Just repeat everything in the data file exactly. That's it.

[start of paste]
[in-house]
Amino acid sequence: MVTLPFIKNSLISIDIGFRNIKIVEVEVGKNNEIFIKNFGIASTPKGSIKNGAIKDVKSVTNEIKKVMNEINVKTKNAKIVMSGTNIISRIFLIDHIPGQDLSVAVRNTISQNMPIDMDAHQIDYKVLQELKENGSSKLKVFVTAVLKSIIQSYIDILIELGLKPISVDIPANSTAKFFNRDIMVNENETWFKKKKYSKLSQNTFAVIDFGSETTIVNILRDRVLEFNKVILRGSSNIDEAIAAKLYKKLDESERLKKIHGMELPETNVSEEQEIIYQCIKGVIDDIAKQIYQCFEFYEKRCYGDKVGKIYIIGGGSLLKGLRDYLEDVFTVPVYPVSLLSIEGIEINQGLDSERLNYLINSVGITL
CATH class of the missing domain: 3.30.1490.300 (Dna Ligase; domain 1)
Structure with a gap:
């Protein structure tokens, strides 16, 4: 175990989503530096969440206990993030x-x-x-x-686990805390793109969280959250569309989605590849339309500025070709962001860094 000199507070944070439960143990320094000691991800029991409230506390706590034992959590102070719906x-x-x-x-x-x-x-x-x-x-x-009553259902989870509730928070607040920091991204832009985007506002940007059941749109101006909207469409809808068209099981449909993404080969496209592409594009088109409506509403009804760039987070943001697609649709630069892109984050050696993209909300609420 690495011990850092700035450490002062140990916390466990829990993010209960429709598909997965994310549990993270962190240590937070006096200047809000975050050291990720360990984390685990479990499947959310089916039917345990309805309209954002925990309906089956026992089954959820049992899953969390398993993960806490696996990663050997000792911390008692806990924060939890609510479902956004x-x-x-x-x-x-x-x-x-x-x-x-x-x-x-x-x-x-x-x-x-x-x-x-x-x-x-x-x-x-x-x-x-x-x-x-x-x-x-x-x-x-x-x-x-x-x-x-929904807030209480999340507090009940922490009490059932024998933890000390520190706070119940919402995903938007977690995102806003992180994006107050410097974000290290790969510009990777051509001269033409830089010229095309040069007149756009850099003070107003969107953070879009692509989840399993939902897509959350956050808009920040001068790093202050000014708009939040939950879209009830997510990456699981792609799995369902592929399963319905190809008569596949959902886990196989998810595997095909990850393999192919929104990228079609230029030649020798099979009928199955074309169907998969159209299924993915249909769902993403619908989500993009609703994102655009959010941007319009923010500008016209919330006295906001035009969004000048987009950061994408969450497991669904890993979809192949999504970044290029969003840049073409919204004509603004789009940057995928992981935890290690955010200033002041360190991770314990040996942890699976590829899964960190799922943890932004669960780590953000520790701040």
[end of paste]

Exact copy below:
[in-house]
Amino acid sequence: MVTLPFIKNSLISIDIGFRNIKIVEVEVGKNNEIFIKNFGIASTPKGSIKNGAIKDVKSVTNEIKKVMNEINVKTKNAKIVMSGTNIISRIFLIDHIPGQDLSVAVRNTISQNMPIDMDAHQIDYKVLQELKENGSSKLKVFVTAVLKSIIQSYIDILIELGLKPISVDIPANSTAKFFNRDIMVNENETWFKKKKYSKLSQNTFAVIDFGSETTIVNILRDRVLEFNKVILRGSSNIDEAIAAKLYKKLDESERLKKIHGMELPETNVSEEQEIIYQCIKGVIDDIAKQIYQCFEFYEKRCYGDKVGKIYIIGGGSLLKGLRDYLEDVFTVPVYPVSLLSIEGIEINQGLDSERLNYLINSVGITL
CATH class of the missing domain: 3.30.1490.300 (Dna Ligase; domain 1)
Structure with a gap:
């Protein structure tokens, strides 16, 4: 175990989503530096969440206990993030x-x-x-x-686990805390793109969280959250569309989605590849339309500025070709962001860094 000199507070944070439960143990320094000691991800029991409230506390706590034992959590102070719906x-x-x-x-x-x-x-x-x-x-x-009553259902989870509730928070607040920091991204832009985007506002940007059941749109101006909207469409809808068209099981449909993404080969496209592409594009088109409506509403009804760039987070943001697609649709630069892109984050050696993209909300609420 690495011990850092700035450490002062140990916390466990829990993010209960429709598909997965994310549990993270962190240590937070006096200047809000975050050291990720360990984390685990479990499947959310089916039917345990309805309209954002925990309906089956026992089954959820049992899953969390398993993960806490696996990663050997000792911390008692806990924060939890609510479902956004x-x-x-x-x-x-x-x-x-x-x-x-x-x-x-x-x-x-x-x-x-x-x-x-x-x-x-x-x-x-x-x-x-x-x-x-x-x-x-x-x-x-x-x-x-x-x-x-929904807030209480999340507090009940922490009490059932024998933890000390520190706070119940919402995903938007977690995102806003992180994006107050410097974000290290790969510009990777051509001269033409830089010229095309040069007149756009850099003070107003969107953070879009692509989840399993939902897509959350956050808009920040001068790093202050000014708009939040939950879209009830997510990456699981792609799995369902592929399963319905190809008569596949959902886990196989998810595997095909990850393999192919929104990228079609230029030649020798099979009928199955074309169907998969159209299924993915249909769902993403619908989500993009609703994102655009959010941007319009923010500008016209919330006295906001035009969004000048987009950061994408969450497991669904890993979809192949999504970044290029969003840049073409919204004509603004789009940057995928992981935890290690955010200033002041360190991770314990040996942890699976590829899964960190799922943890932004669960780590953000520790701040």